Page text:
PARIS (Reuters) - If, like French fashion house Balmain, you can sell a ripped cotton tee-shirt for more than 1,000 euros, you might wonder if there’s any price your well-heeled customers won’t pay.
It’s a question the luxury industry has been posing for years as it skipped through the financial crisis in diamond slingbacks - House of Borgezie, 120,000 euros ($148,000).
“There is a tendency among the most high-end buyers to forget about cost. They want the best. They want what they want,” said Michel Chevalier, author of Luxury Brand Management.
It is the most expensive brands, dubbed “absolute” luxury - among them Hermes, Van Cleef & Arpels and Bottega Veneta - that are growing the fastest of all, thanks to emerging market demand, particularly from China.
According to Bain research, the “absolute” segment has grown 6 percent a year, outperforming the general luxury market, since 2000. It now accounts for 40 billion euros of the 191 billion euro luxury market and is expected to grow faster than other segments through 2014.
“There is limited supply of these products,” said Citigroup luxury analyst Thomas Chauvet of prestige and vintage cognacs and champagnes, which come from just a small region of France. “This is a fantastic opportunity to increase prices.”
Analysts say prices in the luxury industry have surged from 2001 to 2011 and will keep rising faster than broader prices. Thomas Mesmin at Cheuvreux estimates that prices for fashion and leather goods rose 62 percent in that period, while watches and jewelry have risen 78 percent. Euro zone inflation has totaled just 26 percent over the 11 years.
Much of the rise in luxury prices occurred before the 2008 crisis, but prices have been rising again since the second half of 2010. In 2011 Cheuvreux estimates that luxury prices rose 7 percent across the board.
Prices for champagne, leather goods, jewelry and the like have been particularly buoyant for the past two years.
A Hermes Cape Cod watch that sold for 1,300 euros in 2009 now sells for 2,200. A bottle of Moët & Chandon Imperial Rosé that sold for $60 in 2010 in the United States now fetches $75.99.
LVMH, the world’s largest luxury brand, has been especially assertive, raising prices in its Louis Vuitton and high-prestige champagne lines by up to 15 percent in 2011. Chauvet says systematic price increases at LVMH account for a third of its revenue growth.
One analyst noted that LVMH frets over the entry price for Louis Vuitton bags every year, knowing that too high would alienate some customers, but too low would cheapen the brand.
“The entry price point at Louis Vuitton is agonized over,” said the analyst. “I am told it is the single most important decision they make all year.”
This pricing strategy contrasts sharply with lower-end fashion, where brands such as Gap are offering big discounts to attract bargain hunters and keep revenues up.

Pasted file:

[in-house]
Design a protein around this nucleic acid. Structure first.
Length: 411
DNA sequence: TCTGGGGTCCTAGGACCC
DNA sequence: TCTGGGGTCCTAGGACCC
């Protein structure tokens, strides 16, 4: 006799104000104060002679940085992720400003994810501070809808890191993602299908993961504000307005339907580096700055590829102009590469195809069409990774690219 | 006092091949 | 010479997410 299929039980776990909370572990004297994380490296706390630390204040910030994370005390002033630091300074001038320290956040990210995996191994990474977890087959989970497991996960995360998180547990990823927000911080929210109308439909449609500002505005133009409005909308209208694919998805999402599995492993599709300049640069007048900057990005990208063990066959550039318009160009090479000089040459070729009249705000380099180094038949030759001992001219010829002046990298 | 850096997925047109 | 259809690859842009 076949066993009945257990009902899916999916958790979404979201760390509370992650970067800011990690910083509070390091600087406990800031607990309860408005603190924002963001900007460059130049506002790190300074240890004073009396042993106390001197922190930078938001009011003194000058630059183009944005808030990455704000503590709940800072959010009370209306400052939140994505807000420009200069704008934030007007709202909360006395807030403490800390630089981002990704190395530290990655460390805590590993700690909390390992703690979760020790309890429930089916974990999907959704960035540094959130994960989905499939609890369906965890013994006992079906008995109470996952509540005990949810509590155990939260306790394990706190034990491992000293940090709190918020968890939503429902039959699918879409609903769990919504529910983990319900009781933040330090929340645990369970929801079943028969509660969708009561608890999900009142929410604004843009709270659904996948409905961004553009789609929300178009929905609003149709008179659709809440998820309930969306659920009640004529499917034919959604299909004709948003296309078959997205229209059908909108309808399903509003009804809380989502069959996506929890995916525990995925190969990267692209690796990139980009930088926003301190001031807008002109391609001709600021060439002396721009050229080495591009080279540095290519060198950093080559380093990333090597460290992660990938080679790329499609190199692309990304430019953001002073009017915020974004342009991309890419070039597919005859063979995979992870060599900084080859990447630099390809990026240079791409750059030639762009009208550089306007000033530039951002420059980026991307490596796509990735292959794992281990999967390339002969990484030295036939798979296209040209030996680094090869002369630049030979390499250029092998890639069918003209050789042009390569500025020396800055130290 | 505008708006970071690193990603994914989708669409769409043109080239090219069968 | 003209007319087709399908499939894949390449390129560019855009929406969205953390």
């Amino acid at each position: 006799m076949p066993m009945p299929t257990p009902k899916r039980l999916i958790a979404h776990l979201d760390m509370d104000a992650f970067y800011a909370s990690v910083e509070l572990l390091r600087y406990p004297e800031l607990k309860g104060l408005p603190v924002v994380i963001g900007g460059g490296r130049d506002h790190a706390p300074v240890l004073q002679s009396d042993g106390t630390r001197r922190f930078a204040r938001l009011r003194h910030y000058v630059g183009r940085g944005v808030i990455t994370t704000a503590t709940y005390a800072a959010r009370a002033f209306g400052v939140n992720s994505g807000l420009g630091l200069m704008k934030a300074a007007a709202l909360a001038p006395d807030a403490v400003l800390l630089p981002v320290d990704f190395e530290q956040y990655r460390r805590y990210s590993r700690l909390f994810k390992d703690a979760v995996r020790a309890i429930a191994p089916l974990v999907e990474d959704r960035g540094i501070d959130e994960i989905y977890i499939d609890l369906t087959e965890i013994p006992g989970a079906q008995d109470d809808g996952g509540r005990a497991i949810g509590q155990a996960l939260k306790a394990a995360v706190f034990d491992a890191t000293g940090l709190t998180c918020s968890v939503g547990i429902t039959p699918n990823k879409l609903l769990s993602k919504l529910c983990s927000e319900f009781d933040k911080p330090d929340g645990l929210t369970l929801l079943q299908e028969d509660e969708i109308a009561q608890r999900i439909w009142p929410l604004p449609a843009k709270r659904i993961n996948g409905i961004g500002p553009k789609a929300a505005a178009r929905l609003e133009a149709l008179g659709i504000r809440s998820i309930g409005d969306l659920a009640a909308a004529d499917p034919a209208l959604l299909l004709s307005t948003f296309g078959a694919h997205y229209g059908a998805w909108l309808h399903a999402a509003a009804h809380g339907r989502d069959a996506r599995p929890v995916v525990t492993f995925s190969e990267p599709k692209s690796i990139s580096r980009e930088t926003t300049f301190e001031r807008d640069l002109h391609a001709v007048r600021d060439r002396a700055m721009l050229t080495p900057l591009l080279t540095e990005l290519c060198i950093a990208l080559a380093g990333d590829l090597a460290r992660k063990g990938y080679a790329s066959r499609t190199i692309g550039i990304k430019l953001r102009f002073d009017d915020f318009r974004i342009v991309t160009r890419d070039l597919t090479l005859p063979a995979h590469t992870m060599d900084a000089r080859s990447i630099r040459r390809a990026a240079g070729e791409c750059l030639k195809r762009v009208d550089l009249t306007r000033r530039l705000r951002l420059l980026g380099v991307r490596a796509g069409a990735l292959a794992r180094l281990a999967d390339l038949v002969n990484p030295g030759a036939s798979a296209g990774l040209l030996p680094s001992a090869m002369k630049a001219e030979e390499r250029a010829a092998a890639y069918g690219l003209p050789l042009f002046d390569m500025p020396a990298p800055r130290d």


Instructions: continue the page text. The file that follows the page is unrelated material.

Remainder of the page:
“Top luxury will cost more, while mid-priced fashion will cost less,” cashmere specialist Brunello Cucinelli, who floated his eponymous company in June, told Reuters.
These prices could go up even more if leather and crocodile prices rise in 2012 due to the drought now affecting the U.S. Midwest, as they did in 2011 when harsh weather in Australia helped push up skin prices.
In truth, the rise in commodity prices is likely to be only a small contributor to price rises. The best brands, including Louis Vuitton, many champagne houses, Hermes and Chanel fragrances, have operating margins of 40-50 percent and gross margins well over 60 percent, so they could comfortably absorb cost rises if they were minded to.
Margins will instead get wider as more luxury houses pull their products from department stores and set up their own flagship outlets, taking with them retail margins that can be 2.5 times the wholesale price. They can also then shield their brands from the dirty business of regular discount sales.
“No one wants to buy something rare and expensive and find out three months later it’s selling for half off,” said Fflur Roberts, head of luxury at Euromonitor. “This doesn’t engender respect for a brand. And luxury is about perception.”
The question that many luxury retailers now face is how quickly to increase prices, especially in emerging markets like China, where prices are already 50 percent higher than in Europe because of taxes and import duties.
That gap is not sustainable and could inhibit luxury market growth in China if Chinese customers, who also account for roughly a third of sales in French stores, begin to feel they are being ripped off in their own markets.
The answer, it seems, is not to cap prices overseas but to let rip at home.
Thus LVMH is likely to raise prices in Europe 10 percent this autumn, says Chauvet, to rebalance the China premium.
($1 = 0.8124 euros)
Additional reporting by Antonella Ciancio; Editing by Will Waterman